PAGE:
Income tax planning should go hand-in-hand with efforts to preserve and compound your estate. John O. McManus today discussed with clients key opportunities to maximize income tax savings.
Listen to the discussion and review important points below:
- Review Your Plan: Given the significant tax law changes on the State and Federal level over the past several years, it is important to review existing Wills and Trusts to ensure that income tax efficiency is maximized.
- Evaluate cost basis of assets gifted to irrevocable trusts, which will not receive a step-up in basis.
- Determine whether irrevocable trusts have swapping or decanting powers.
- Re-visit the use and implementation of Testamentary Credit Shelter Trusts (see below).
- Basis and Testamentary Credit Shelter Trusts: It is important to preserve the flexibility to benefit from a step-up in basis upon the surviving spouse’s death.
- Credit Shelter Trusts, which utilize State and Federal estate tax exemptions, typically do not allow for assets to receive a step-up in basis upon the surviving spouse’s death.
- Since the estate tax exemptions have dramatically increased in the past decade, fewer families are impacted by estate tax.
- This means that a Credit Shelter can do more harm than good because:
o the children would not have been subject to estate tax even without a Credit Shelter Trust.
o the children will have to pay capital gains on the assets of the Credit Shelter Trust when they sell them.
- If it becomes evident that estate tax is not a concern, a power can be included in the Credit Shelter Trust to cause the assets to be included in the surviving spouse’s estate upon his or her death to achieve the step-up in basis.
- Paying Retirement Accounts Forward: If you inherit a qualified retirement account, you should consider disclaiming it to the next generation in order to extend the tax-deferred appreciation of the investments.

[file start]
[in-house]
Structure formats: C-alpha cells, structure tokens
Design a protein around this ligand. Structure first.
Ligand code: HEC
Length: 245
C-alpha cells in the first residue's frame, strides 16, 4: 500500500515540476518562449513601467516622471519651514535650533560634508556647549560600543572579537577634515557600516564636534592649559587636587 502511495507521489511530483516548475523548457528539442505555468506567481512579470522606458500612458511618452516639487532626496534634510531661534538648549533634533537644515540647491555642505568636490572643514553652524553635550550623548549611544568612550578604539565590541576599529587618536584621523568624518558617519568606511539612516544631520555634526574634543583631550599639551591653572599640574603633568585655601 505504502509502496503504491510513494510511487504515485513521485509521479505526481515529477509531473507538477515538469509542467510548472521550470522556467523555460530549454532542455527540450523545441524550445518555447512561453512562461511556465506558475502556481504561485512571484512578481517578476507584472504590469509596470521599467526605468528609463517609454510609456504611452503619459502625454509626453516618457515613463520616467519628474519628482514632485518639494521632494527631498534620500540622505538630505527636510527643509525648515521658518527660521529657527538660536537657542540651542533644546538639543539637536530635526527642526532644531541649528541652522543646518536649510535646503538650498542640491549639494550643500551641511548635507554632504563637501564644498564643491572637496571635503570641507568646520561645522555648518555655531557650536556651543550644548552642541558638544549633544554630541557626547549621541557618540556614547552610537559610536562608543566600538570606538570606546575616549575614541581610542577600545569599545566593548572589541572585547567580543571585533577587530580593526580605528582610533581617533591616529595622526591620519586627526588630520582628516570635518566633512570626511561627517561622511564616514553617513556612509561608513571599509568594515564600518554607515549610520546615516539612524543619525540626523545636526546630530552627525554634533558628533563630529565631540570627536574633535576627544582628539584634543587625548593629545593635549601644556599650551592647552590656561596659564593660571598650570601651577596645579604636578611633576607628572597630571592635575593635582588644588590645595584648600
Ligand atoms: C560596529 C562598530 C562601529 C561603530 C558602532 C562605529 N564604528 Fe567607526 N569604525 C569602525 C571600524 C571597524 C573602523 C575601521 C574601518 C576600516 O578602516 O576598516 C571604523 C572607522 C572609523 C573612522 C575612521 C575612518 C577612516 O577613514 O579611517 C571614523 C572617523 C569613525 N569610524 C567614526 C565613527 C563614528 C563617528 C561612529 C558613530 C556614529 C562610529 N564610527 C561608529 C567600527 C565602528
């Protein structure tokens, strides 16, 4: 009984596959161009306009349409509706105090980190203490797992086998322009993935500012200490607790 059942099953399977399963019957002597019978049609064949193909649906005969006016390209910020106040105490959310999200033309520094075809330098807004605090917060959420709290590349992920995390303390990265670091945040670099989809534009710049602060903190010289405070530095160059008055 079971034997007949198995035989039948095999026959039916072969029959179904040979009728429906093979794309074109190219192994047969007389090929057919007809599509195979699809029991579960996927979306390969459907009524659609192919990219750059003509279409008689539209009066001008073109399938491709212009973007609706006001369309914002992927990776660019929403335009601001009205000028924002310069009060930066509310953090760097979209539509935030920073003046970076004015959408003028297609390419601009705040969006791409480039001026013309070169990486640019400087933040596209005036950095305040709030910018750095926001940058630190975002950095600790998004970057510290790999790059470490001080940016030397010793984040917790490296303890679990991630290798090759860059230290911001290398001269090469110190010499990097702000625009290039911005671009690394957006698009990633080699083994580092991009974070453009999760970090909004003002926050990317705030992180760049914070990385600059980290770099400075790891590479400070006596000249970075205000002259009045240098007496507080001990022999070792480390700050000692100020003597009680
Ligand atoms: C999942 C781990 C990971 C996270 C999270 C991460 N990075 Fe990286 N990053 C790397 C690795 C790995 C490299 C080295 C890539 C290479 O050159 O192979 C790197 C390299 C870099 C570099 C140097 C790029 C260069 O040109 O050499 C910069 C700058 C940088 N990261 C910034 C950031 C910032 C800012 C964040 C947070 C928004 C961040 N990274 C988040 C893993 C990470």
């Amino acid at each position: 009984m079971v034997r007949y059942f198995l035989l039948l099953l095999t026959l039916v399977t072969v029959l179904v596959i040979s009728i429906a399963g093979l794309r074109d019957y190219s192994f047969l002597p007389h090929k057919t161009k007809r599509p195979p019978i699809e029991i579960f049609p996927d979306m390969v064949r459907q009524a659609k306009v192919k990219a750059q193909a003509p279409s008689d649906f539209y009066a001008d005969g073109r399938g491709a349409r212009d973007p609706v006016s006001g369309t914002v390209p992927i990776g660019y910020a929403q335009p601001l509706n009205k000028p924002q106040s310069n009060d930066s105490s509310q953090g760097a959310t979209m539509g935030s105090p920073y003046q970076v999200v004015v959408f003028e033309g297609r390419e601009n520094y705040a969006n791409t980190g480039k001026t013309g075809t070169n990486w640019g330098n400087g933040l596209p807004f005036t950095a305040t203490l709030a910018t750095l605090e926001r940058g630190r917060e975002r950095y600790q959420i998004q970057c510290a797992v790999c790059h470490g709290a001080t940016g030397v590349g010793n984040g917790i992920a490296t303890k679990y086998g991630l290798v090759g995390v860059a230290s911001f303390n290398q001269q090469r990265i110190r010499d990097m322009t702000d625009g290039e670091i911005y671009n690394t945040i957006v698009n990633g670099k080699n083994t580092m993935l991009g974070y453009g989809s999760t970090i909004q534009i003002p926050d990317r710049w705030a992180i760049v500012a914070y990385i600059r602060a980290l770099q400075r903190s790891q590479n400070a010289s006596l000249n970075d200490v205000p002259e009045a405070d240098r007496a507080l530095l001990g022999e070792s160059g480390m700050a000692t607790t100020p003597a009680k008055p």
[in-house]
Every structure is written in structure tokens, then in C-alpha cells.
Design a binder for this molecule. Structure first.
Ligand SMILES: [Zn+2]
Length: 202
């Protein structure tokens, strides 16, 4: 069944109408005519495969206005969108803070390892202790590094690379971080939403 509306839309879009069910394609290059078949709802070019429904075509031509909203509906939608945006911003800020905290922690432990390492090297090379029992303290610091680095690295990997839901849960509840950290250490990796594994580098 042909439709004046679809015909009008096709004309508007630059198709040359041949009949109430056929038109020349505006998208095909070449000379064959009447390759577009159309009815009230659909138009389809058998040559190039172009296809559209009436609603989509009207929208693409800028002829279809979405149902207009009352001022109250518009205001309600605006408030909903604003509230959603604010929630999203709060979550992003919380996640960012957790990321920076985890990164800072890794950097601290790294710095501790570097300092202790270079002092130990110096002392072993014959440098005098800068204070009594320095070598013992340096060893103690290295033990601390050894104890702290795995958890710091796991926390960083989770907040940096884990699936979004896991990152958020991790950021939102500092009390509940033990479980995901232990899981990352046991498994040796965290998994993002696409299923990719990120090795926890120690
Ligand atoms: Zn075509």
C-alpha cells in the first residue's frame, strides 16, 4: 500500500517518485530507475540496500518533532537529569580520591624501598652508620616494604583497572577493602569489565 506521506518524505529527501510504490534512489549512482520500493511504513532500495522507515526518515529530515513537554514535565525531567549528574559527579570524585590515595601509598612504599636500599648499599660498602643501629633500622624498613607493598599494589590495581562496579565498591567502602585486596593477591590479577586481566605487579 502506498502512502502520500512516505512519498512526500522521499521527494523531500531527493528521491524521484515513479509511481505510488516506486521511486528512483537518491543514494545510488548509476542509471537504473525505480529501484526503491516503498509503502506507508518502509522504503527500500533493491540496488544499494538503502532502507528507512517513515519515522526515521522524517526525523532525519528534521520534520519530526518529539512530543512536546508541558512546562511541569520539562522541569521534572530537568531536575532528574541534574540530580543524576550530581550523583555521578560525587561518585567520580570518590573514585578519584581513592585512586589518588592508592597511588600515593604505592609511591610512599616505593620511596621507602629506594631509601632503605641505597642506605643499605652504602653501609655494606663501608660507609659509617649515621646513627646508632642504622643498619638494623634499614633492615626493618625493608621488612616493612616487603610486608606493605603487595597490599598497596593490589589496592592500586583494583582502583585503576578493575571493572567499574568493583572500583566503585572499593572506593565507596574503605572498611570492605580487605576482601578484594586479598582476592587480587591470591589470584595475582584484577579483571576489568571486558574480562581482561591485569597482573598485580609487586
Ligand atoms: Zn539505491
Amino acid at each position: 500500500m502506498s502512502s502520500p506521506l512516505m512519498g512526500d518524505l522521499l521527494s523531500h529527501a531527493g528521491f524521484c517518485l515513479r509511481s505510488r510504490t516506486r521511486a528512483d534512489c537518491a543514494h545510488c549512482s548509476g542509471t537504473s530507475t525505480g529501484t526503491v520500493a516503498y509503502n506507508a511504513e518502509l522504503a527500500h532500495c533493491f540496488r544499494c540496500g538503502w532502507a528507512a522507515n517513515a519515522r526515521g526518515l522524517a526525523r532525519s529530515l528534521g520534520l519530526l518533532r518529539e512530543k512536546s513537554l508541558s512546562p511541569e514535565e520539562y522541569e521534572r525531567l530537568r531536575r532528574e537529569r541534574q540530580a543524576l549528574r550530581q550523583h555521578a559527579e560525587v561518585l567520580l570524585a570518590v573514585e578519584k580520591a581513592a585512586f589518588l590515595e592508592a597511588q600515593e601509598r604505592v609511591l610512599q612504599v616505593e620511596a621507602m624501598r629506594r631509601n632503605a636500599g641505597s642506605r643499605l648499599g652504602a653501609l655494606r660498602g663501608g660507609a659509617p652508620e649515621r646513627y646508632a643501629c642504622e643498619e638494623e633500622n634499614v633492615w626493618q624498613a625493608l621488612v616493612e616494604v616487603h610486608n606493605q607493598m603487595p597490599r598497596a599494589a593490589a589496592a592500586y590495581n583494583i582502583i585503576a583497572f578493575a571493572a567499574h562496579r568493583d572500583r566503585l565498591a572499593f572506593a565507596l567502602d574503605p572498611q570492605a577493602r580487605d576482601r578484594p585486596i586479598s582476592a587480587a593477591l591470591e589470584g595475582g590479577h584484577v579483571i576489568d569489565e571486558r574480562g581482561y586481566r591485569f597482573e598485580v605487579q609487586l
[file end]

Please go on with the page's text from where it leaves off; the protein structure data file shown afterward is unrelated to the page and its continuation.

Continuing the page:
- If you do not require the use of the retirement account investments inherited from a parent, a disclaimer within 9 months of the date of death can provide a significant tax benefit.
- The required minimum distributions of the IRA will be based on your children’s ages, meaning the required minimum distributions will be significantly less and allowing for more assets to remain in the account to appreciate in value income tax-free.
- Using Assets as Leverage for Gifting: Using appreciated assets as leverage can provide for a wealth transfer opportunities to minimize estate tax without sacrificing a step-up in basis upon death.
- It is common to gift significant assets as part of a wealth transfer plan to minimize future estate tax.
- However, in doing so, the assets do not receive a step-up in basis upon the donor’s death.
- If the family sells the assets soon after, the estate tax benefits are muted because the capital gains tax must be paid.
- As an alternative, explore financing for the asset and gifting the cash to a protected, multi-generational irrevocable Trust.